The Flow of Leadership and the ROI of Coaching

Written by Claudia Lopez

November 24, 2019

The Flow of Leadership and the ROI of Coaching

Recently, I worked with the leadership team of a small financial services company.

Steve[1], one of the coachees, wanted to work on a more efficient use of his time; when we sat down to talk about his needs for coaching, he shared that he constantly found himself giving direction to his team and even performing administrative and clerical tasks. His team enjoyed working with him but he felt stuck in his efforts to efficiently meet their goals.

As part of the coaching solution for this client, we included a 360-degree inventory and an assessment based on the Enneagram. The different assessments presented the client as an effective communicator and an inspiration to others. However, it became crucial for Steve to observe his own narrative around being a leader who tended to solve other people’s problems instead of holding them accountable.

His enthusiasm as a leader and for his work was reflected on the top-rated aspects according to his 360 Degree Report:

Top Five Rated Aspects from Steve’s 360-Degree Report According to Others

    1. Honors commitments and follows through even when faced with challenges.
    2. Takes ownership of responsibilities.
    3. Enjoys participating in teamwork. Seeks collaboration and participation by asking for and encouraging the sharing of ideas, experience, knowledge, and perspectives.
    4. Shows a deep understanding and acceptance of life with all its ups and downs.
    5. Remains objective, respectful, and non-judgmental in discussions.

How Did the Enneagram Support His Journey?

Steve tends to react to life from an Enneagram type 3 perspective. The results from the different assessments were consistent with the leadership style of his Enneatype —someone focused on meeting goals, striving to be the best, driving his team to great results, and working hard to get the job done. All great qualities for success and also elements that clearly made him a busy leader starved for time. As we progressed in coaching, a different narrative emerged around Steve’s power in being a supportive leader, rather than a hands-on rescuer for his team.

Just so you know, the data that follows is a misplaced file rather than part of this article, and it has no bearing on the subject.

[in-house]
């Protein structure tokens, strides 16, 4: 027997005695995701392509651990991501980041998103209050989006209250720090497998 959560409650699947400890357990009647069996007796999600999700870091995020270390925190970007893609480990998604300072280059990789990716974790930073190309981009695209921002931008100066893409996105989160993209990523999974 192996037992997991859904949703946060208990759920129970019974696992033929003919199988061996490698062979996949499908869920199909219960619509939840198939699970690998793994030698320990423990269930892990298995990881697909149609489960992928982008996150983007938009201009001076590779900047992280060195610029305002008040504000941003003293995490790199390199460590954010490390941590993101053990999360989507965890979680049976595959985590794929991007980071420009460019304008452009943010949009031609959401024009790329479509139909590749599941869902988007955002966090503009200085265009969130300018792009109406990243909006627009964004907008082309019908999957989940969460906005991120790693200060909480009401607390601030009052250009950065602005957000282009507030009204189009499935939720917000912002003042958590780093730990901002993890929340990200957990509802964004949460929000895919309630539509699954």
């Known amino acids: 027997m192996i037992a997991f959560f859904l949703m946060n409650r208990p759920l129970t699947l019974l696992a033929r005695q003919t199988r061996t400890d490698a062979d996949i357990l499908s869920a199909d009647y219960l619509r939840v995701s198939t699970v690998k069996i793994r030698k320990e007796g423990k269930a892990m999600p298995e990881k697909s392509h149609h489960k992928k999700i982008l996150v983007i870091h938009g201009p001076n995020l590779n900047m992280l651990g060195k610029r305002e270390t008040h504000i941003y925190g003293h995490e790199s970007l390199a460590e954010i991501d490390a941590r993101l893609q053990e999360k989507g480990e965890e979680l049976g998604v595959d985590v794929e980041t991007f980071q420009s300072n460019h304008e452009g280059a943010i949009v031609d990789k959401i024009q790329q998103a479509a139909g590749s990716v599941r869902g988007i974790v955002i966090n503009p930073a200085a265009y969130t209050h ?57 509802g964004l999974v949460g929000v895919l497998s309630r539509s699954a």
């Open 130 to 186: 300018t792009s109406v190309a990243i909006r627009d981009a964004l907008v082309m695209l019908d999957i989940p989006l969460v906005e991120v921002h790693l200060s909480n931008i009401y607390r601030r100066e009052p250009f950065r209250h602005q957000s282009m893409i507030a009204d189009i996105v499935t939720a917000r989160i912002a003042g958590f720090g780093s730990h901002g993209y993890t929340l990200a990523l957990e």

Behavioral Change outcomes

Steve discovered it was important for him to stay in the moment. While people enjoyed working with him and saw him as someone who promoted their participation, his obsessive focus on execution many times lead him to do the work of others. Staying in the moment gave him space to ask powerful questions and a stronger capacity to be a leader who motivates, guides and empowers. This experience reinforced his assertiveness in two competency areas:

  1. Leadership: Strengthening his capacity to give empowering feedback, balancing his orientation toward action with encouragement.
  2. Improved communication skills: Discovering the importance of powerful questions.

The ROI of Coaching

The ROI calculation is the reflection of the changes originated from the reformulation of Steve’s vision as a leader who is supportive without being directive. This shift resulted in an equivalent savings of 250 hours of labor and an ROI of 224%.  In other words, for every 1 dollar invested in coaching, the company received 2.24 dollars back after all costs of the coaching were captured.

Why This Matters?

As coaches, we accompany a process that is already taking place. During this process, we become available to the client in a balance of effort and presence. Individuals and companies value measurable, tangible results of coaching. An ROI of 224% is great!

The benefits of coaching go beyond positive financial indicators. Seeing individuals and organizations back in flow is priceless. Witnessing Steve as a leader who strongly believes his mentoring, coaching, communication, leadership, and management skills benefited from coaching is priceless. Additionally, getting feedback from team members who feel they can reach higher levels of work, purpose, and accountability with empowerment from his leader is priceless.

This is the case of someone who —already at the start of coaching— was regarded as a strong leader. Coaching is not about fixing people. It is about using multiple tools and approaches that reflect back to us where we’re resisting a state a flow.

[1]This is a fictitious name to protect the identity of the client.

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